Long after guns fall silent, Mosul residents suffer hearing loss

For nearly nine months, air strikes, mortar rounds and car bombs pummeled the Iraqi city relentlessly, and thousands of residents still suffer hearing problems ranging from tinnitus to profound deafness. (AFP)
Updated 26 May 2019

Long after guns fall silent, Mosul residents suffer hearing loss

  • Blasts in conflict zones can propel debris into the human ear and rupture the eardrum, which transmits sound further into the cochlea
  • In Mosul, civilians were exposed to repeated loud blasts that sent between 15 and 20 a day to hospitals complaining of hearing loss

MOSUL, Iraq: For months, Alia Ali endured the din of fighting in Iraq’s second city Mosul. Then a missile slammed into her home, killing her husband and her hearing.
The 59-year-old lost her sense of sound in the final phase of the ferocious battle between government forces and militants of the Daesh group, not long before the guns fell silent in July 2017.
For nearly nine months, air strikes, mortar rounds and car bombs pummeled the city relentlessly, and thousands of residents still suffer hearing problems ranging from tinnitus to profound deafness.
“I lost my sense of hearing two years ago,” Ali recalled.
“A warplane hit our neighborhood in the fight for the western half of the city and my husband died of very bad burns,” she told AFP.
Ali spent two years piecing her life back together, but could not afford to get specialized care for her diminished hearing.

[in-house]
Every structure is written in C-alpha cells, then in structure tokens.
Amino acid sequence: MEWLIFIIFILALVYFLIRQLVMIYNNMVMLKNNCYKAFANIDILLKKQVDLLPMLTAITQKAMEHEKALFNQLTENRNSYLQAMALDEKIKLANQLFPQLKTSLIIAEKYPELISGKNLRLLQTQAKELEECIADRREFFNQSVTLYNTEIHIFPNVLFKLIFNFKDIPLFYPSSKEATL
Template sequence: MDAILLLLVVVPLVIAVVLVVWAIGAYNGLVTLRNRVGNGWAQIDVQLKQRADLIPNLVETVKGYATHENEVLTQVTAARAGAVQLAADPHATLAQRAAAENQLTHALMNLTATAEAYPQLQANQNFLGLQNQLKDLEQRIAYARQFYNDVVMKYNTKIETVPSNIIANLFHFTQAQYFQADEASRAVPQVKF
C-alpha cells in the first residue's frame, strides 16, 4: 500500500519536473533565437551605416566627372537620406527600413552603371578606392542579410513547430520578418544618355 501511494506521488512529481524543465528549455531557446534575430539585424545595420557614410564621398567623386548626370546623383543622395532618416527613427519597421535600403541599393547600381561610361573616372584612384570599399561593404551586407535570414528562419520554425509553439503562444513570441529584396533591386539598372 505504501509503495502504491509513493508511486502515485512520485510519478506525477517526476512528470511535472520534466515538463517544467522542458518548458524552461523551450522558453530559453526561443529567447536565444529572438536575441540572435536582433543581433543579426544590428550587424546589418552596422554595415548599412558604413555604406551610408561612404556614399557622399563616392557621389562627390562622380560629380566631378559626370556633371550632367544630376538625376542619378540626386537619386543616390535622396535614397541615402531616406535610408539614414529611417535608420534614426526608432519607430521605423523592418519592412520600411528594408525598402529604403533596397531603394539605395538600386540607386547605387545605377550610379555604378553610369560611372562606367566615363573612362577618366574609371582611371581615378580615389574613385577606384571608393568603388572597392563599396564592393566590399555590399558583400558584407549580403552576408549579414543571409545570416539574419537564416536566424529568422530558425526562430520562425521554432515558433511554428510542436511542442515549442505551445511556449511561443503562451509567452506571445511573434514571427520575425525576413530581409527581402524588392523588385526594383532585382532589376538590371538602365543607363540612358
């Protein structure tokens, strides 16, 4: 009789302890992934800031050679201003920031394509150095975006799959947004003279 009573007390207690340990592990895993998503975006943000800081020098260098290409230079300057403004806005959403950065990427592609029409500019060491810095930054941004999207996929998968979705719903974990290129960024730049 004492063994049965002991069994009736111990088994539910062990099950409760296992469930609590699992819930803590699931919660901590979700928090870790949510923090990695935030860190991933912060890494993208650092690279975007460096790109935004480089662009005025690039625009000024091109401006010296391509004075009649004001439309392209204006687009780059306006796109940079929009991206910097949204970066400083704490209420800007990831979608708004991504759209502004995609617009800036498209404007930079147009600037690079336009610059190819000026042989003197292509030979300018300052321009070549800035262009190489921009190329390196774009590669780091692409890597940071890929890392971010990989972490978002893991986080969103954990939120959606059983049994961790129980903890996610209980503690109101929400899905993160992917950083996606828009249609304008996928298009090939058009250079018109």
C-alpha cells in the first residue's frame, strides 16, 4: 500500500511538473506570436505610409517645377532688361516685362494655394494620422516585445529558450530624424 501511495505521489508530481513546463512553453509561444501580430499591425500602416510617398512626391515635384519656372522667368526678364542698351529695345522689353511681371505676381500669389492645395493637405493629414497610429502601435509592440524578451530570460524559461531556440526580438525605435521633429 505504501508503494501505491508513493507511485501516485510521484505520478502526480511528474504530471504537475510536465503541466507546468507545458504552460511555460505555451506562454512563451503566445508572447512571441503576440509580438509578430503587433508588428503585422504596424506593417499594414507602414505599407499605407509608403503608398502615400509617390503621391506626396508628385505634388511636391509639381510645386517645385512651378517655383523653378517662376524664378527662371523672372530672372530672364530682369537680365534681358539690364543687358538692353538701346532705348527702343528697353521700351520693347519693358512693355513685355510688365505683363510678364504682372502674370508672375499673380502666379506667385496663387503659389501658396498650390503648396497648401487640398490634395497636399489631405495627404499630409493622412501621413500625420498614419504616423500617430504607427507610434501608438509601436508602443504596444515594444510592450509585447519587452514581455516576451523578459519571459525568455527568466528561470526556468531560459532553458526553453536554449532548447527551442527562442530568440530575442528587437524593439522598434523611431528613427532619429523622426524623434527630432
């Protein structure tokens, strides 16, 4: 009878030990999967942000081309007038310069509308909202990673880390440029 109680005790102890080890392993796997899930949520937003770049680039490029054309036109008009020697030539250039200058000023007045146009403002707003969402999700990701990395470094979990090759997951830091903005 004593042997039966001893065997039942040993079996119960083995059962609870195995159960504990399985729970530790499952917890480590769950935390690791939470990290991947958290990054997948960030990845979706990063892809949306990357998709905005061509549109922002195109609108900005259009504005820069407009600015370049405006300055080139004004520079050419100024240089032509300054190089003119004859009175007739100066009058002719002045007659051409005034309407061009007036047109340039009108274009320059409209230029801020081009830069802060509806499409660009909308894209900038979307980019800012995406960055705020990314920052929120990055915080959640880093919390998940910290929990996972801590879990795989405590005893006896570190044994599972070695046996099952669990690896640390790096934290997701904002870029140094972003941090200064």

“We lost our home and all our possessions — we didn’t have money to go to private clinics,” she said.
Blasts in conflict zones can propel debris into the human ear and rupture the eardrum, which transmits sound further into the cochlea.
Nerves in the cochlea, which sends sound on to the brain to be processed, can also be destroyed by explosions.
Mines have noise levels approaching 170 decibels — twice the loudness needed to cause permanent damage to ears.

In Mosul, civilians were exposed to repeated loud blasts that sent between 15 and 20 a day to hospitals complaining of hearing loss.
“They were bleeding from their ears because of the shelling, but they had nothing to stop the flow,” according to hearing specialist Mohammad Saleh.
“Some never recovered because their nerve cells were torn by the loud sounds.”
Mosul’s health infrastructure was ravaged by Daesh’s reign and subsequent fighting, with the 6,000 hospital beds available before the militant takeover reduced to just 1,000.
With help from outside charities, hospitals are slowly reopening wing by wing.